Rebuilding Azad Kashmir
By Shahid Javed Burki

Islamabad’s current approach towards the devastation caused by the recent earthquake is to provide expeditiously and efficiently relief to the affected population. This is understandable given the weather in the region and the vulnerability of the survivors. As winter tightens its grip, families living without shelter will have to be provided cover or else their suffering will increase enormously.
Some aid agencies have begun to predict that the cold weather will take a heavy toll on the population that is still reeling from the blows they received on October 8.
That notwithstanding, the government will need to turn its attention to rebuilding the economy of Azad Kashmir. According to a recent news item, Dr Salman Shah has requested the large aid agencies — the World Bank, the Asian Development Bank, USAID, and Britain’s Department for International Development — to send experts to Pakistan to help the country plan the future of the areas affected by the earthquake. This is a good step but before the experts arrive, it would be useful if the government spells out the approach it would like to follow. Islamabad should think out of the box and be bold in developing a strategy that the experts should be asked to flesh out.
My suggestion is that the central element in this strategy should be to build an urban economy in the region while encouraging the development of the area’s natural resources. As a result of the earthquake, there will be a quantum jump in the number of absolute poor in Azad Kashmir, from about a third of the population to as much as three-fourths in 2005-06.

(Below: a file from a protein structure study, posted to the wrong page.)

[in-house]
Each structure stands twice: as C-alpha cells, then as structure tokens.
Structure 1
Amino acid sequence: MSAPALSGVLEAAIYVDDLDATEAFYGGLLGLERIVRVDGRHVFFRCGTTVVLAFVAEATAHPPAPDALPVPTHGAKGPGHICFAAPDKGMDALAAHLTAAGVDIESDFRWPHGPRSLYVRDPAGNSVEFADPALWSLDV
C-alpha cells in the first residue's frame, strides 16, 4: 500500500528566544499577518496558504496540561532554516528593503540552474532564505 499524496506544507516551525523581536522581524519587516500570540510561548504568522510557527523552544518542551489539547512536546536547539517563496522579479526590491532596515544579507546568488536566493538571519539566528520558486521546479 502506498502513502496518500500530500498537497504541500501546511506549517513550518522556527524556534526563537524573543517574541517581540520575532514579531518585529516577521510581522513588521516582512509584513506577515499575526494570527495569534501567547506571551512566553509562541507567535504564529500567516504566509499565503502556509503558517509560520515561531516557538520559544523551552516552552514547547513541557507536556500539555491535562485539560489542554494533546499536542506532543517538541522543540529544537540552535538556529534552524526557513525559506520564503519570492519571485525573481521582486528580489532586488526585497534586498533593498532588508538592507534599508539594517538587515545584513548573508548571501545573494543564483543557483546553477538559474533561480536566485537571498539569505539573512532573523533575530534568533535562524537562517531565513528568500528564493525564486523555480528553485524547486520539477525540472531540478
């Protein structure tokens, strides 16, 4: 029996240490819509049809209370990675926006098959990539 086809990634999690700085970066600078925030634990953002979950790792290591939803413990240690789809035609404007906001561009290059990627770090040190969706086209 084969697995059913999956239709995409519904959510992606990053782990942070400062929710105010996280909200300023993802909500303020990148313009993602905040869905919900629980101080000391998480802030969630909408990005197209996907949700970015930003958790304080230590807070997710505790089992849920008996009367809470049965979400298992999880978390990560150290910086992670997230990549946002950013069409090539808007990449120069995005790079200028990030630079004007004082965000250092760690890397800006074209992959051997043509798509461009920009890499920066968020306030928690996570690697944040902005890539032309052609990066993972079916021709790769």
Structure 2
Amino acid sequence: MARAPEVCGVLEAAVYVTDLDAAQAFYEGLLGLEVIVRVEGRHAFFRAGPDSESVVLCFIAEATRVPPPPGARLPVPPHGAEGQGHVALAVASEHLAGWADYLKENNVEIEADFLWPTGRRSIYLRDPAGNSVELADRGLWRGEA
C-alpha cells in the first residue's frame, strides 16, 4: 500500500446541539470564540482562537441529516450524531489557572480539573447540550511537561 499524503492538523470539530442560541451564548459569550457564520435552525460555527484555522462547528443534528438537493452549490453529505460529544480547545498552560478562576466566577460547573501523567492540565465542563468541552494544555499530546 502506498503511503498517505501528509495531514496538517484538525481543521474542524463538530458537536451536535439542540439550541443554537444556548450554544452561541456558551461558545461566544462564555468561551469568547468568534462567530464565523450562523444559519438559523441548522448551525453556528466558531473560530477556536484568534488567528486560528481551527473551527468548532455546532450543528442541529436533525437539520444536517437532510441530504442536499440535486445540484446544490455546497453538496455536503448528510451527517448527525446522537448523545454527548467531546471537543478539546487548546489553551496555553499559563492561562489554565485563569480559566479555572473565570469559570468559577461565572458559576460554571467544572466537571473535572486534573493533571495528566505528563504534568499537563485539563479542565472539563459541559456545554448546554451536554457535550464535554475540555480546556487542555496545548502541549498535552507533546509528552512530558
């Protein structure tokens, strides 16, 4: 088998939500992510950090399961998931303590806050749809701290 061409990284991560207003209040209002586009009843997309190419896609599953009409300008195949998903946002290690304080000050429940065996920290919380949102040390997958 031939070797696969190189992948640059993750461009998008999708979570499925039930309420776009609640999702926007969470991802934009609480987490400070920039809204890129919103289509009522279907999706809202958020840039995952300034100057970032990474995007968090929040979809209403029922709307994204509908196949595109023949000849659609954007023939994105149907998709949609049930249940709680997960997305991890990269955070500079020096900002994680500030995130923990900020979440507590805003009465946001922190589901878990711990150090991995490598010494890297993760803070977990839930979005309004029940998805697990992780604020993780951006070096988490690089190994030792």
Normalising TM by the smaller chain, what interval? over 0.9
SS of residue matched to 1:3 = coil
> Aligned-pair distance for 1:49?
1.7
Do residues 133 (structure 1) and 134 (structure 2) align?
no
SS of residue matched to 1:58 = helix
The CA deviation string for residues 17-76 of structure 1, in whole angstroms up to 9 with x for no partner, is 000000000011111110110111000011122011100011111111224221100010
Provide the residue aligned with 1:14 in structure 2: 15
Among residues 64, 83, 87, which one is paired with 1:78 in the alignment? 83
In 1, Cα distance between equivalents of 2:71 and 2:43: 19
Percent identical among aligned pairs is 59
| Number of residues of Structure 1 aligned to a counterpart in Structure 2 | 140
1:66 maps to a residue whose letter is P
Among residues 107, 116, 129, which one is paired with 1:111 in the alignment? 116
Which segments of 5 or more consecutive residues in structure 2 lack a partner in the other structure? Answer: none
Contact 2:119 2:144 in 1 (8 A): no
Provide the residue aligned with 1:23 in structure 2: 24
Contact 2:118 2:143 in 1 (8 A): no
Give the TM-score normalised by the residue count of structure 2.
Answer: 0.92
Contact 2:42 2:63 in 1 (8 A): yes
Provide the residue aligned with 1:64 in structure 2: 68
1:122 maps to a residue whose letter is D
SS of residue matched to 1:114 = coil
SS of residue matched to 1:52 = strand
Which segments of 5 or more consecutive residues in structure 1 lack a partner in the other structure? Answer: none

With so many schools destroyed, the proportion of enrolled students will decline precipitously. With the destruction of so many clinics and hospitals, the incidence of disease and the rate of mortality — in particular maternal and infant mortality — will increase and life expectancy will decline. These are not conjectures; all of this will happen during the course of this year. Over the short-term, no matter how much assistance is provided, the area’s economy will go through a wrenching restructuring.
It will also be seriously impoverished. The share of agriculture in the economy will be reduced by one-half, to only 20 per cent, that of industry will decline by a third to less than seven per cent. The economy, in other words, will not have the capacity to absorb the four million people that remain in the area after the earthquake. It is my estimate that the size of the economy will be reduced by one-half; that traditional agriculture will take a long time to recover; that the young will suffer a great deal in the future if urgent steps are not taken to educate and train them.